A few weeks ago I was poking around the web one evening and I came across a site called Lost America: Night Photography of the Abandoned West that features hundreds of extraordinary night photos by photographer Troy Paiva. Paiva has spent more than 20 years photographing a fascinating assortment of abandoned and forgotten remnants of the American West--junk yards, ghost towns, old signs, forgotten and "immobile" mobile home parks and deserted amusement parks (among other subjects). The photos are simply amazing.
Paiva began exploring these vestiges of the West back in the 1970's and began photographing them in 1989 and has put together a simply amazing document of these rarely-examined objects and places. But more than just mere documents, he has used his wonderfully creative and inventive photo skills to transform them into brilliantly colorful images that are both cheerfully whimsical and somewhat forlorn feeling at the same time. His site contains hundreds of images and he has also produced two monographs: Lost America (Motorbooks International; out of print but available used) and Night Vision: The Art of Urban Exploration (Chronicle Books).
He uses a technique called light painting that involves using long exposures (often several minutes or longer) and then selectively coloring different portions of the scenes using both flashlights and accessory electronic flash units. The lights are colored with theatrical gels and he frequently uses several different color gels within a single shot to create striking color contrasts. Because the exposures are so long many of the shots also capture ghostly-looking regions of the ambient light and even trails of star light. Interestingly, Paiva works mainly on moonlight nights (almost always within four nights of the full moon) so that he can take advantage of bright skies.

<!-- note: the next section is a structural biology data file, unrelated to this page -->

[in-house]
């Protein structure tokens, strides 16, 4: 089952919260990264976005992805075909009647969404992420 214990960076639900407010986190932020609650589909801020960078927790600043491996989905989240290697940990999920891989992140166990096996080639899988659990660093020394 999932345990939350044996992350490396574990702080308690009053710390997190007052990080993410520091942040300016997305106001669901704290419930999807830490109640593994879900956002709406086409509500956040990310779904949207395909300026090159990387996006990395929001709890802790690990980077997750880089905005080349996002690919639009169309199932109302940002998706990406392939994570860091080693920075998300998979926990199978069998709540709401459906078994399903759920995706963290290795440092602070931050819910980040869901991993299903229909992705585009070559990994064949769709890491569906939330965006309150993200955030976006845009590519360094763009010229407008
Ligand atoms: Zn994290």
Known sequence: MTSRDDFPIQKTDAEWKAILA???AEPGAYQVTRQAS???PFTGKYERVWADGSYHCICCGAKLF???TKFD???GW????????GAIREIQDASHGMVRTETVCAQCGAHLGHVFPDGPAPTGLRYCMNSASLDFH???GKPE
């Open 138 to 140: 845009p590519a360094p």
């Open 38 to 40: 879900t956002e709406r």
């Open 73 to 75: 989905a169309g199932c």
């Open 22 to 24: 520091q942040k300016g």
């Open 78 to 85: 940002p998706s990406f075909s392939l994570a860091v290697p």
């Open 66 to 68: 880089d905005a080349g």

The light-painting techniques that he uses took years to develop and since he began shooting in the film days there were, of course, no LCD panels or histograms to check--everything was an experiment. You can read in detail about his night photo techniques on his site (and how refreshing that he shares his techniques and tips so openly). Just reading about some of the dangers and obstacles that he faces in getting his shots (spiders, snakes, scropions, squatters), however, is more than enough to drive away the faint hearted. He's a good writer too, so you'll get a kick out of reading the details of how he makes his shots.
If ever you've driven past an old auto graveyard or a washed-up amusement park and thought they might make interesting photo subjects, then you have to see how far Troy Paiva has taken those ideas. With a bit of imagination and lots of long hours in often dangerous settings, he has managed to record a beautiful visual history of locales and objects that most of us will never see--many of which have since been bulldozed or buried and, were it not for these photos, would be lost to time. I found myself inspired to look at night photography in a new light and now have an even greater appreciation for the beauty of our abandoned past and I think you will too.
If you want to see a few thousand more of Paiva's photos, visit his Flickr photostream.
Quantum computing for dummies pdf
19 hours ago